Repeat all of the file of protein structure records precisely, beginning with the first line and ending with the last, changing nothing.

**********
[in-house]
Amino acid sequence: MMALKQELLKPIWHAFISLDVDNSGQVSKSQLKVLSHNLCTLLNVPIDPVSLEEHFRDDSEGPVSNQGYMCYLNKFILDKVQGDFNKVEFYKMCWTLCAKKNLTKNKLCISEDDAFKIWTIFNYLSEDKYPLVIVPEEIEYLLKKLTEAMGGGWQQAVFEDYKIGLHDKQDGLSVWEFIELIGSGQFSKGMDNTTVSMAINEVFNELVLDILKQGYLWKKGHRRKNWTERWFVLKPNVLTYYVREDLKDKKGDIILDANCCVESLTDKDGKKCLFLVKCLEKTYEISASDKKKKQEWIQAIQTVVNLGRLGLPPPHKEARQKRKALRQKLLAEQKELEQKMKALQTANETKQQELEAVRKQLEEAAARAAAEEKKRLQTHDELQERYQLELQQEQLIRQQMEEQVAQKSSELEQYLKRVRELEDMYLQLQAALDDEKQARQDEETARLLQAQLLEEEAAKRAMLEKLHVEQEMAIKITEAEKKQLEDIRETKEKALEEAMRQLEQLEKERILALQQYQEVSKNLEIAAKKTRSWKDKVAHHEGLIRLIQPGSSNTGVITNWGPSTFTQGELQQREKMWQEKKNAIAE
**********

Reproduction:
[in-house]
Amino acid sequence: MMALKQELLKPIWHAFISLDVDNSGQVSKSQLKVLSHNLCTLLNVPIDPVSLEEHFRDDSEGPVSNQGYMCYLNKFILDKVQGDFNKVEFYKMCWTLCAKKNLTKNKLCISEDDAFKIWTIFNYLSEDKYPLVIVPEEIEYLLKKLTEAMGGGWQQAVFEDYKIGLHDKQDGLSVWEFIELIGSGQFSKGMDNTTVSMAINEVFNELVLDILKQGYLWKKGHRRKNWTERWFVLKPNVLTYYVREDLKDKKGDIILDANCCVESLTDKDGKKCLFLVKCLEKTYEISASDKKKKQEWIQAIQTVVNLGRLGLPPPHKEARQKRKALRQKLLAEQKELEQKMKALQTANETKQQELEAVRKQLEEAAARAAAEEKKRLQTHDELQERYQLELQQEQLIRQQMEEQVAQKSSELEQYLKRVRELEDMYLQLQAALDDEKQARQDEETARLLQAQLLEEEAAKRAMLEKLHVEQEMAIKITEAEKKQLEDIRETKEKALEEAMRQLEQLEKERILALQQYQEVSKNLEIAAKKTRSWKDKVAHHEGLIRLIQPGSSNTGVITNWGPSTFTQGELQQREKMWQEKKNAIAE